School districts, school boards and administrators let it be known that this bill would harm their schools. Time and again, local constituents gave their legislators a piece of their mind, calling on legislators to explain their support for special interest policies and stifling of debate.
Not a single newspaper endorsed the hyperpartisan policies Brownback signed into law - with the list of negative editorials reaching into the teens (just checkout our opinion links below).
Deception vs. Transparency
Lines were not just drawn over policy. When Brownback signed the school funding bill he also picked Washington, D.C.-style political strong-arming and deceptive spin over transparency and honesty.
What's Washington, D.C.-style politics look like? It's outside special interest money, coordinated candidate messages that skirt campaign laws, and misleading statistics that deceive voters.
For Brownback, it's having his personal special interest group, Road Map Solutions, run thinly veiled campaign ads claiming education was Brownback's top priority and telling Kansans to thank him for saving Kansas schools right before and after the bill's passage.
Brownback reverting to political tricks and deception also explains how he can claim that he signed the school reform bill because it respects local control for school boards and administrators while two days later signing a bill that takes any local control away from all local governments to implement any common sense gun reforms.
By signing the bill, Brownback also sided with legislators who rammed through a partisan bill in the middle of the night. Brownback sided with legislators who ignored open meeting law to help pass their bill. And Brownback sided with a bill that had no committee hearings and no public comment.
On the other side, elected school officials noted their opposition to these undemocratic measures. Lawrence school board Vice President Shannon Kimball said she was disappointed in the process: “Regardless of where you fall on whether that’s a good policy change or not, I find the way it was handled distasteful,” Kimball said. “It’s not the way we should be handling policy in Kansas.”
The Wichita Eagle also condemned Brownback for signing the bill and siding with the the Kansas Legislature's reckless law making process. Avoiding the democratic process and ending debate is how bad policy gets into a bad bill. And when Brownback signed the school finance bill, that's how you get bad law.
Who's Side Are You On?
Brownback's misleading claims and excuses aside, the crucial question for this election is who do you trust to do what's right for Kansas students?
Brownback Signs Anti-Teacher, Anti-Public School Finance Bill
Kansas tries to shrink its way to prosperity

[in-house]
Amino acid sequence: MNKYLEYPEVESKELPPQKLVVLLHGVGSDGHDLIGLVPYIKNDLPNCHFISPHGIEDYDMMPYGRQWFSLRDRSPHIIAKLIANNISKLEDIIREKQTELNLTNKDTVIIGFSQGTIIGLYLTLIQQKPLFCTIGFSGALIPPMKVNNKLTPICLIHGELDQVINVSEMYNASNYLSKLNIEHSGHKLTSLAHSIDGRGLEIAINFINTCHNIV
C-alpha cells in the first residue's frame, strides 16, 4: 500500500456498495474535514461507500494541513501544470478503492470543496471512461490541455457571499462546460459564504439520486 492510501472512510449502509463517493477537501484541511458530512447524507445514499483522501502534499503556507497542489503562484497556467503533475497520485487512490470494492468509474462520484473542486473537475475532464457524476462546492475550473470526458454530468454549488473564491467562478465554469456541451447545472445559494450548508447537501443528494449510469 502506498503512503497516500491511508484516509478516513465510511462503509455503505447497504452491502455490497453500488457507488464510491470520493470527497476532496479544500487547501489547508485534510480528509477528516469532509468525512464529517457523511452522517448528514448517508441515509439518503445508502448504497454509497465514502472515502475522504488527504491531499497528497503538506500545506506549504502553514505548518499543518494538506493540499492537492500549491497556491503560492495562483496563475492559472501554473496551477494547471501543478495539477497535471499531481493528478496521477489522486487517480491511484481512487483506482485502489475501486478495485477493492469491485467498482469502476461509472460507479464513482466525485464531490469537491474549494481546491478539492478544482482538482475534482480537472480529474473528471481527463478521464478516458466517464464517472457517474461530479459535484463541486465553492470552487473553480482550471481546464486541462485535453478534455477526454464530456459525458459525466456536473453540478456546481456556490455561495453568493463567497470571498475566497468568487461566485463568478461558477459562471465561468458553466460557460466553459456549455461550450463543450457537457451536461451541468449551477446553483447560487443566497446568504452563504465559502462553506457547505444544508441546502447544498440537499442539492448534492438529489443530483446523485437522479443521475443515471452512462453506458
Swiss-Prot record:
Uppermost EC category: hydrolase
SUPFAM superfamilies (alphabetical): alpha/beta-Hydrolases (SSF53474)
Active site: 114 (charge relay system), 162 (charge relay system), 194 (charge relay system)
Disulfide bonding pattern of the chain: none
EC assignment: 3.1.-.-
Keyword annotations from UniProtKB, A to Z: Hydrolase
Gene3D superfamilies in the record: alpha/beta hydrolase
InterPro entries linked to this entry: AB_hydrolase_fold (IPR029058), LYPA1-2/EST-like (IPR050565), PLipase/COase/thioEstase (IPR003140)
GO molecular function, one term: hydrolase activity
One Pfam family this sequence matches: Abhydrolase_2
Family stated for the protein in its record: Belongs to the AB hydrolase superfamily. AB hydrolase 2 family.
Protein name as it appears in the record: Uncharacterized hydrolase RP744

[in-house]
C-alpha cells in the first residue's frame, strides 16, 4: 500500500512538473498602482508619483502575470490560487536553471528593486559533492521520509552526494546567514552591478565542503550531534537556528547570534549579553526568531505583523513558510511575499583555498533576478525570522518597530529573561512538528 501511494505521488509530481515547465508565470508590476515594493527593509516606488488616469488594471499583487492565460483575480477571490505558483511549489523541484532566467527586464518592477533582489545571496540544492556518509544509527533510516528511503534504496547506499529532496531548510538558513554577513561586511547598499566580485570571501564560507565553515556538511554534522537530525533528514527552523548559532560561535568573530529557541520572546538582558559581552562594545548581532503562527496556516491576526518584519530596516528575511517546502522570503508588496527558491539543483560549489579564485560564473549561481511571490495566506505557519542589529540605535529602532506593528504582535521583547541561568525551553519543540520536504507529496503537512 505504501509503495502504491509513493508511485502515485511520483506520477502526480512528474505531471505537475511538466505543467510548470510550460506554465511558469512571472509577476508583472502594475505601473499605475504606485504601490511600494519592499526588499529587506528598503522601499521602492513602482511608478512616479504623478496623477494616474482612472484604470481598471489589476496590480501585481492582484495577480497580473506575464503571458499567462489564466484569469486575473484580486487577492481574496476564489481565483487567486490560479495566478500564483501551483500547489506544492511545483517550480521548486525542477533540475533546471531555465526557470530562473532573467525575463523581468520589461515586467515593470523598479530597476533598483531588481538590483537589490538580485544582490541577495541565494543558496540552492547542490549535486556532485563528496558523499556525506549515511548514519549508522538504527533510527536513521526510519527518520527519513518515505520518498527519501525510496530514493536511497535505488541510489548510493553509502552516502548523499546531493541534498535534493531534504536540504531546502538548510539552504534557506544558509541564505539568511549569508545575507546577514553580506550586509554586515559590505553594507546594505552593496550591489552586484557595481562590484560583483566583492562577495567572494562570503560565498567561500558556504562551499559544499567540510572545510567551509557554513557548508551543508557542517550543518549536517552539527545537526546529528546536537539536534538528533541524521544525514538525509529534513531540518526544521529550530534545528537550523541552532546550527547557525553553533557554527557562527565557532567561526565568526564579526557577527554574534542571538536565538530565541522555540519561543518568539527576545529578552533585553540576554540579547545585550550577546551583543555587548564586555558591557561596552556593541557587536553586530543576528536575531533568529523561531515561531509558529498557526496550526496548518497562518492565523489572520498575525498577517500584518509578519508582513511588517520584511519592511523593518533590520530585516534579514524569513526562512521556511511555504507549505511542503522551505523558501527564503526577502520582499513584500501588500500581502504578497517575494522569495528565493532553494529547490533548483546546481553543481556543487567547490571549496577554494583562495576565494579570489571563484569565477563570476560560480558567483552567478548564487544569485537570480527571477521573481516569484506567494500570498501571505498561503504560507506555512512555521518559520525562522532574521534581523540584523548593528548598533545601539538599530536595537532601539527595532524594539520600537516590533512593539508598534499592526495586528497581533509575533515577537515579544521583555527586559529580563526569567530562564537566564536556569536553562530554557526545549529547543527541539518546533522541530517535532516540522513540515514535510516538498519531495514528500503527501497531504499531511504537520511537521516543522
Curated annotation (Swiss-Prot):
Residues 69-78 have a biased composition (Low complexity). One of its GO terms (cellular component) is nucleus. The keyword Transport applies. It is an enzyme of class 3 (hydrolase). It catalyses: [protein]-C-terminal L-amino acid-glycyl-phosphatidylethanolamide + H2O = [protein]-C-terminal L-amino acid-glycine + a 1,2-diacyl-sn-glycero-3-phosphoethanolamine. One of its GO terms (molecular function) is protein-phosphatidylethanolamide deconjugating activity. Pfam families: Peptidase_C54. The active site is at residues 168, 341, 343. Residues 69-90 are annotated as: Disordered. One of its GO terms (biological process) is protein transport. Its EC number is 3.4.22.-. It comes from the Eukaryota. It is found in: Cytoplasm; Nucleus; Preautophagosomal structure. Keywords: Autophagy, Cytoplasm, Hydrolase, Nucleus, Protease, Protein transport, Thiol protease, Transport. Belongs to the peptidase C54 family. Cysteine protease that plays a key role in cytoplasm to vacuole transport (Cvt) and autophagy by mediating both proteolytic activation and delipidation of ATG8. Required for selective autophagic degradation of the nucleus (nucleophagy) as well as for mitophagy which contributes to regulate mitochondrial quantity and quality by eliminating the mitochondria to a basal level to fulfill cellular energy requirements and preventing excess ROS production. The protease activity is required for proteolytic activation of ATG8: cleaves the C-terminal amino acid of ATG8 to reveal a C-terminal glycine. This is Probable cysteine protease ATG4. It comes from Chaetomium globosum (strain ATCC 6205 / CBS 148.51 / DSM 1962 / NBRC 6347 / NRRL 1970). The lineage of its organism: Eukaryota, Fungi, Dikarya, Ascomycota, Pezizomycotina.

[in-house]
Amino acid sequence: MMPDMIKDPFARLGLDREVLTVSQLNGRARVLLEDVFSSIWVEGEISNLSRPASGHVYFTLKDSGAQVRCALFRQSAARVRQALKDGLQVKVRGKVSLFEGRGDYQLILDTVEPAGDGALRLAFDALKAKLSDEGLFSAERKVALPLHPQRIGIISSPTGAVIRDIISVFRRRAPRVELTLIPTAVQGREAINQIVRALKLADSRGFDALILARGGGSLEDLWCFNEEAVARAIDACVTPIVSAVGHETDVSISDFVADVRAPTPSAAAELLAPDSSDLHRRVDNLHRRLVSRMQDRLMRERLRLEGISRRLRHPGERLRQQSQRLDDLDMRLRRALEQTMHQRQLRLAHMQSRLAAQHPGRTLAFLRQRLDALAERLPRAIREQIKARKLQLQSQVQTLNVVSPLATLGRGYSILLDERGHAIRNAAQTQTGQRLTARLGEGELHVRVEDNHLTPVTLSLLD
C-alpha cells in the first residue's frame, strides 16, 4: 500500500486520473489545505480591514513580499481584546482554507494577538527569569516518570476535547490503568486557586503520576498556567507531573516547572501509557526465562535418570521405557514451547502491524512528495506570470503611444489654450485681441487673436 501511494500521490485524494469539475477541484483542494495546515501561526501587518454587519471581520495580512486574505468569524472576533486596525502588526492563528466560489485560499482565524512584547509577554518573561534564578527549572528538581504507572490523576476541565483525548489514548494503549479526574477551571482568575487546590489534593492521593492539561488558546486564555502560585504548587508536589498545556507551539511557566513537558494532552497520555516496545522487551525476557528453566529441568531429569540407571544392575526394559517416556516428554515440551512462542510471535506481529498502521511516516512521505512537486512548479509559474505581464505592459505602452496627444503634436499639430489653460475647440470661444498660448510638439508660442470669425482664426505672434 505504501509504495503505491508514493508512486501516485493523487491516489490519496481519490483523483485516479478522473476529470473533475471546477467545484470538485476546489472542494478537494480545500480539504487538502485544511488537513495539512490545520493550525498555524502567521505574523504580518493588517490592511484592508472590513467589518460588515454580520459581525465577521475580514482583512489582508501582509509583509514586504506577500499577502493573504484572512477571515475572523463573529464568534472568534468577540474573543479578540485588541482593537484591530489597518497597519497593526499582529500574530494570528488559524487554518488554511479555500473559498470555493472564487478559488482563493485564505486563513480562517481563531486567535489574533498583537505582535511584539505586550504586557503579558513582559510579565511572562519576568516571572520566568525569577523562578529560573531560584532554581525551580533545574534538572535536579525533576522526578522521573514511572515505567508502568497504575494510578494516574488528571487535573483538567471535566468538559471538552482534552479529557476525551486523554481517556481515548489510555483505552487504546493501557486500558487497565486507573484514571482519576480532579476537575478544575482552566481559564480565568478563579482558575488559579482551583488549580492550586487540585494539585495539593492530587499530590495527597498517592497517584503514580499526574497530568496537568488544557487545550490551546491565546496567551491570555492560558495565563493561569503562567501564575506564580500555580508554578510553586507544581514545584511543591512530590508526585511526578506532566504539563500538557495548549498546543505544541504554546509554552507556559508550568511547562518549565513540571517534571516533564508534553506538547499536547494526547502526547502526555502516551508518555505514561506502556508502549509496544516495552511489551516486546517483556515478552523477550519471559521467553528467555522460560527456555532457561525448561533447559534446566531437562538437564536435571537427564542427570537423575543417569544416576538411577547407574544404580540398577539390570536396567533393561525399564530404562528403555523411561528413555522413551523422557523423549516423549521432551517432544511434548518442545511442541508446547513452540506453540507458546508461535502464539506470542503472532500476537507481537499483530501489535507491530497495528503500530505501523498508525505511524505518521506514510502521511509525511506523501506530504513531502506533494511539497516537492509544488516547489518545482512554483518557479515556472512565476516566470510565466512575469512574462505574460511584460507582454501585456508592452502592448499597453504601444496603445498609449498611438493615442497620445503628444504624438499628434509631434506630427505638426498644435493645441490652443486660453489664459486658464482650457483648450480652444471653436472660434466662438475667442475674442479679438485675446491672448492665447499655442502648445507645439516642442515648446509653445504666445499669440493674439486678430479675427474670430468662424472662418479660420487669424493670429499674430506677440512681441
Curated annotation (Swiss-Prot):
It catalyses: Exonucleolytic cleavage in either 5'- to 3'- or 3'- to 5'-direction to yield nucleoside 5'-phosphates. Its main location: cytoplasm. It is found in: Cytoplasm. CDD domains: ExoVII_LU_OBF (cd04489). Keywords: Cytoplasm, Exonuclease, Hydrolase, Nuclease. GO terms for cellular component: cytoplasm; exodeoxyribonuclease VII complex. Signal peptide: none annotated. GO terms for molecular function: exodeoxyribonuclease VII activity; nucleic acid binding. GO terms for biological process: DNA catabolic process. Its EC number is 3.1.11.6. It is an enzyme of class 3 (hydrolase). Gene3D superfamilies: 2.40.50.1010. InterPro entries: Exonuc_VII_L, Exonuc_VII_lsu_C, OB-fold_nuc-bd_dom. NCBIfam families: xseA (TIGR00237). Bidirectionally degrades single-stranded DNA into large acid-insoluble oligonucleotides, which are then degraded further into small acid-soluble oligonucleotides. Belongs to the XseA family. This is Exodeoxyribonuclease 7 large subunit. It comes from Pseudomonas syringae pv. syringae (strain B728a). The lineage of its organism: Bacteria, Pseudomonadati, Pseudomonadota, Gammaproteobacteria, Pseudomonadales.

Capitol Watch: All’s fair in love and lobbying
Brownback signs bill saying Medicaid expansion decision rests with Legislature
Kansas Supreme Court blasts bill signed into law by Brownback
In Olathe and elsewhere, more taxing authority won’t offset cuts
Teachers in Goddard pledge to help Davis oust Brownback
Kansas school finance bill would give corporate tax breaks for private school scholarships
Area legislatures getting an earful on school finance
Teachers react to bill that removes due process
Educators challenge lawmakers on school finance
Impact of ed budget politics felt locally
Overuse is draining the Ogallala Aquifer
Teacher protests follow Brownback
Judge Theis sets schedule for response to school finance fix; Schmidt asks to toss equity concerns
Brownback signs Medicare, gun bills
Governor Brownback signs four bills into law
Textron Aviation starts laying of 750 employees, 575 in Kansas
School finances cause concerns from districts, teachers
Reform update: States that did not expand medicare may see higher premiums, industry experts say
Kansas: Comprehensive pro gun bill signed into law
Kansas will nullify local gun laws
Anthony Hensley: Brownback should listen to a teacher
School aid no windfall
Expensive school bill
Eagle editorial: Not all benefit from state tax cut
School finance bill disrespects teachers
Education agreement hurts Kansas schools
Insight Kansas: Abolition of teacher tenure out of place in Kansas
Charter schools set to damage public education
Throwing down the political gauntlet
Law weakens Kansas court system
Looks like a bunch of hicks
Opinion: Law erodes teachers’ rights
Suddenly due-process change is about local control?
Not so sweet
Local legislators’ excuses ring hollow
Editorial: More ups and downs for Wichita
Editorial: Will tax-cut plan work?
Medicaid expansion would boost Kansas economy
Making the GOP pay for Medicaid obstruction
Kansas professors need more protection in social media policy
Editorial: Shame for signing compact